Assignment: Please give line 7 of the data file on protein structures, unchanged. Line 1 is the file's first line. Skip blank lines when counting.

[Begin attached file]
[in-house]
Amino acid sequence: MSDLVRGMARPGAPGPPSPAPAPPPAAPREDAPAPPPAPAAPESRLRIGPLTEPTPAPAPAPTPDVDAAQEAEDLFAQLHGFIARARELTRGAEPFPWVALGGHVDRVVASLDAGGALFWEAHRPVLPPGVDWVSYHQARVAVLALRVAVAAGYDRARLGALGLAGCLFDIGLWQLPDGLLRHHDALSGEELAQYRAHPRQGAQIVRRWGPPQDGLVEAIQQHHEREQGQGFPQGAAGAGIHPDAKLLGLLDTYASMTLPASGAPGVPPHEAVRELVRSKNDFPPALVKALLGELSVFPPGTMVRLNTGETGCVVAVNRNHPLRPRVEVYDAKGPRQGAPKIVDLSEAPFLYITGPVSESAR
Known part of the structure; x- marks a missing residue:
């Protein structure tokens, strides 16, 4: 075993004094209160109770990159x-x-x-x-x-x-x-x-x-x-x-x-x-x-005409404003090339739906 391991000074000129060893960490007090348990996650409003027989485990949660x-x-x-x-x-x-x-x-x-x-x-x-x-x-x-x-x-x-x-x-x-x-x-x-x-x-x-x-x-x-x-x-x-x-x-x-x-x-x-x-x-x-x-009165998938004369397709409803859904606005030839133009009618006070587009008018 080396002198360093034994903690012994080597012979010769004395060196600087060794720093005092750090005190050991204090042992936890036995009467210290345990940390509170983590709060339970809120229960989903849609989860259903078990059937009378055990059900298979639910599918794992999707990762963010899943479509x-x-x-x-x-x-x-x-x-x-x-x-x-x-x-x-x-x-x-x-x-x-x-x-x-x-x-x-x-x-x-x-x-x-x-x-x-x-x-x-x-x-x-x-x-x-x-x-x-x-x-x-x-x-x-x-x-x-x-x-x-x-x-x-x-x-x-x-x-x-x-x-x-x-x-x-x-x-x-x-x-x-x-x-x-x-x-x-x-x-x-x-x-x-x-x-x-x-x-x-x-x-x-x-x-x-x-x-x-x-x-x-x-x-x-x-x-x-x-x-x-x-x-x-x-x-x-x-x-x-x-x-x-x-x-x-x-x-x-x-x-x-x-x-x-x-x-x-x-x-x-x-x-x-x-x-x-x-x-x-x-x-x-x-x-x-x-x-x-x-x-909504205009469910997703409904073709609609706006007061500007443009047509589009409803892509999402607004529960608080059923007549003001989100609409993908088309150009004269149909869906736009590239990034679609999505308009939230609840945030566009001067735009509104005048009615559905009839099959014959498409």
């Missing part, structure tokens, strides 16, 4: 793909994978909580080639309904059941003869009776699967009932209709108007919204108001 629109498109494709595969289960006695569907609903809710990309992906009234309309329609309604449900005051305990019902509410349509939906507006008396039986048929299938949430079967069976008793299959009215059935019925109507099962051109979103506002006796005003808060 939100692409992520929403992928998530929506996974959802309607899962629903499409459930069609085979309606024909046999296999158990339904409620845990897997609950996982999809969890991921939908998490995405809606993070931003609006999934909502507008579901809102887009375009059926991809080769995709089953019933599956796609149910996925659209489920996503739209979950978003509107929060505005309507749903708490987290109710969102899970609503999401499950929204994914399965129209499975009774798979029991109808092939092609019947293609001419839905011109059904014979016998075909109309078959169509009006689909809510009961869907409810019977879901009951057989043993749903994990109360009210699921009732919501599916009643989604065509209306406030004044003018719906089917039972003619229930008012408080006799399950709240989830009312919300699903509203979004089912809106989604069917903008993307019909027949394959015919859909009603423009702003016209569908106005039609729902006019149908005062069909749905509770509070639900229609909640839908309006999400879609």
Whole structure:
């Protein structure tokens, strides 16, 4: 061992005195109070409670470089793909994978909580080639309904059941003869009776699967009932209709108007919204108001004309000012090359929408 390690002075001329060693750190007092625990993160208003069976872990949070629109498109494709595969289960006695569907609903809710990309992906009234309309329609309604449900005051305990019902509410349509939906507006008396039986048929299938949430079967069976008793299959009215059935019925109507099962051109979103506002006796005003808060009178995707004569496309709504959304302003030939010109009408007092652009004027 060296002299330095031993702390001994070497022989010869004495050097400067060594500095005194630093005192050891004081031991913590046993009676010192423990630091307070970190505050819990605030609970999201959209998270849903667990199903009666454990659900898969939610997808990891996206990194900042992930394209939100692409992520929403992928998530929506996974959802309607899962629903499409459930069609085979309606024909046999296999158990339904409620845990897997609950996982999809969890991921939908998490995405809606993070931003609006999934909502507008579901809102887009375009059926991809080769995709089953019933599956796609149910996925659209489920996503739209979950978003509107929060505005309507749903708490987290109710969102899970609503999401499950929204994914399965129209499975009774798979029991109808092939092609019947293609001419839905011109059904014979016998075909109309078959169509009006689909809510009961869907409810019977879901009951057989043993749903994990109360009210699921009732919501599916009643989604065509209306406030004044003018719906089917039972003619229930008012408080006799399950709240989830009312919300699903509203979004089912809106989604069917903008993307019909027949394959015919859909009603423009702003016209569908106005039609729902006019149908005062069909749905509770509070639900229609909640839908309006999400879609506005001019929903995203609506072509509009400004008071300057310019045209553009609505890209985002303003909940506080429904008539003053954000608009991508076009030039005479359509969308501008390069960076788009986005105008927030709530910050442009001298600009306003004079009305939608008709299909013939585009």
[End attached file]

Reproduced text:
């Protein structure tokens, strides 16, 4: 061992005195109070409670470089793909994978909580080639309904059941003869009776699967009932209709108007919204108001004309000012090359929408 390690002075001329060693750190007092625990993160208003069976872990949070629109498109494709595969289960006695569907609903809710990309992906009234309309329609309604449900005051305990019902509410349509939906507006008396039986048929299938949430079967069976008793299959009215059935019925109507099962051109979103506002006796005003808060009178995707004569496309709504959304302003030939010109009408007092652009004027 060296002299330095031993702390001994070497022989010869004495050097400067060594500095005194630093005192050891004081031991913590046993009676010192423990630091307070970190505050819990605030609970999201959209998270849903667990199903009666454990659900898969939610997808990891996206990194900042992930394209939100692409992520929403992928998530929506996974959802309607899962629903499409459930069609085979309606024909046999296999158990339904409620845990897997609950996982999809969890991921939908998490995405809606993070931003609006999934909502507008579901809102887009375009059926991809080769995709089953019933599956796609149910996925659209489920996503739209979950978003509107929060505005309507749903708490987290109710969102899970609503999401499950929204994914399965129209499975009774798979029991109808092939092609019947293609001419839905011109059904014979016998075909109309078959169509009006689909809510009961869907409810019977879901009951057989043993749903994990109360009210699921009732919501599916009643989604065509209306406030004044003018719906089917039972003619229930008012408080006799399950709240989830009312919300699903509203979004089912809106989604069917903008993307019909027949394959015919859909009603423009702003016209569908106005039609729902006019149908005062069909749905509770509070639900229609909640839908309006999400879609506005001019929903995203609506072509509009400004008071300057310019045209553009609505890209985002303003909940506080429904008539003053954000608009991508076009030039005479359509969308501008390069960076788009986005105008927030709530910050442009001298600009306003004079009305939608008709299909013939585009």